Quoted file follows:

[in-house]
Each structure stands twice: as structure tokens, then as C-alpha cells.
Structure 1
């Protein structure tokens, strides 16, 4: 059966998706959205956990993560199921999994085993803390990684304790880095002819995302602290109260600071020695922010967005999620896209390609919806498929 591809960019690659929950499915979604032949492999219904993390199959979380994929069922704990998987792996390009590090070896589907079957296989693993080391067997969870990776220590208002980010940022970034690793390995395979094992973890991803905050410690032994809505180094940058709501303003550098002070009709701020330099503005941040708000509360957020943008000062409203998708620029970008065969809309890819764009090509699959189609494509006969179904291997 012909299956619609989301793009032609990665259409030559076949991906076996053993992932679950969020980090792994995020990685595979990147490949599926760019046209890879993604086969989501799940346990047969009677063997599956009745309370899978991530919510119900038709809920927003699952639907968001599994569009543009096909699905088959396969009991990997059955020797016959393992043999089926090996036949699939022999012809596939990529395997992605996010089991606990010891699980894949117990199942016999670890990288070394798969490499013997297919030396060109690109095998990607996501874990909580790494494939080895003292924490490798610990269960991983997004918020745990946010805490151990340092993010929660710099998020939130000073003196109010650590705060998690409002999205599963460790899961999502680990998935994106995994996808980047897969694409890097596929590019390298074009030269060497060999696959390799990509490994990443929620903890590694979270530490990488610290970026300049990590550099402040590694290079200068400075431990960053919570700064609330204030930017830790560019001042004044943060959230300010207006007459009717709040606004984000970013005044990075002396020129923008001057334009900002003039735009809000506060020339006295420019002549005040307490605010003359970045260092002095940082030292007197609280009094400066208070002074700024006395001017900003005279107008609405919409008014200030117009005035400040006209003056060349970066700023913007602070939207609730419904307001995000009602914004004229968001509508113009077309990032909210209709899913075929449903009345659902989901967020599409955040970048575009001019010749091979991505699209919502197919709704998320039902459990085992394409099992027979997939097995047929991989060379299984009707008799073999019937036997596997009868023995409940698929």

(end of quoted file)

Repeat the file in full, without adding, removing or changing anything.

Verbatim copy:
[in-house]
Each structure stands twice: as structure tokens, then as C-alpha cells.
Structure 1
């Protein structure tokens, strides 16, 4: 059966998706959205956990993560199921999994085993803390990684304790880095002819995302602290109260600071020695922010967005999620896209390609919806498929 591809960019690659929950499915979604032949492999219904993390199959979380994929069922704990998987792996390009590090070896589907079957296989693993080391067997969870990776220590208002980010940022970034690793390995395979094992973890991803905050410690032994809505180094940058709501303003550098002070009709701020330099503005941040708000509360957020943008000062409203998708620029970008065969809309890819764009090509699959189609494509006969179904291997 012909299956619609989301793009032609990665259409030559076949991906076996053993992932679950969020980090792994995020990685595979990147490949599926760019046209890879993604086969989501799940346990047969009677063997599956009745309370899978991530919510119900038709809920927003699952639907968001599994569009543009096909699905088959396969009991990997059955020797016959393992043999089926090996036949699939022999012809596939990529395997992605996010089991606990010891699980894949117990199942016999670890990288070394798969490499013997297919030396060109690109095998990607996501874990909580790494494939080895003292924490490798610990269960991983997004918020745990946010805490151990340092993010929660710099998020939130000073003196109010650590705060998690409002999205599963460790899961999502680990998935994106995994996808980047897969694409890097596929590019390298074009030269060497060999696959390799990509490994990443929620903890590694979270530490990488610290970026300049990590550099402040590694290079200068400075431990960053919570700064609330204030930017830790560019001042004044943060959230300010207006007459009717709040606004984000970013005044990075002396020129923008001057334009900002003039735009809000506060020339006295420019002549005040307490605010003359970045260092002095940082030292007197609280009094400066208070002074700024006395001017900003005279107008609405919409008014200030117009005035400040006209003056060349970066700023913007602070939207609730419904307001995000009602914004004229968001509508113009077309990032909210209709899913075929449903009345659902989901967020599409955040970048575009001019010749091979991505699209919502197919709704998320039902459990085992394409099992027979997939097995047929991989060379299984009707008799073999019937036997596997009868023995409940698929």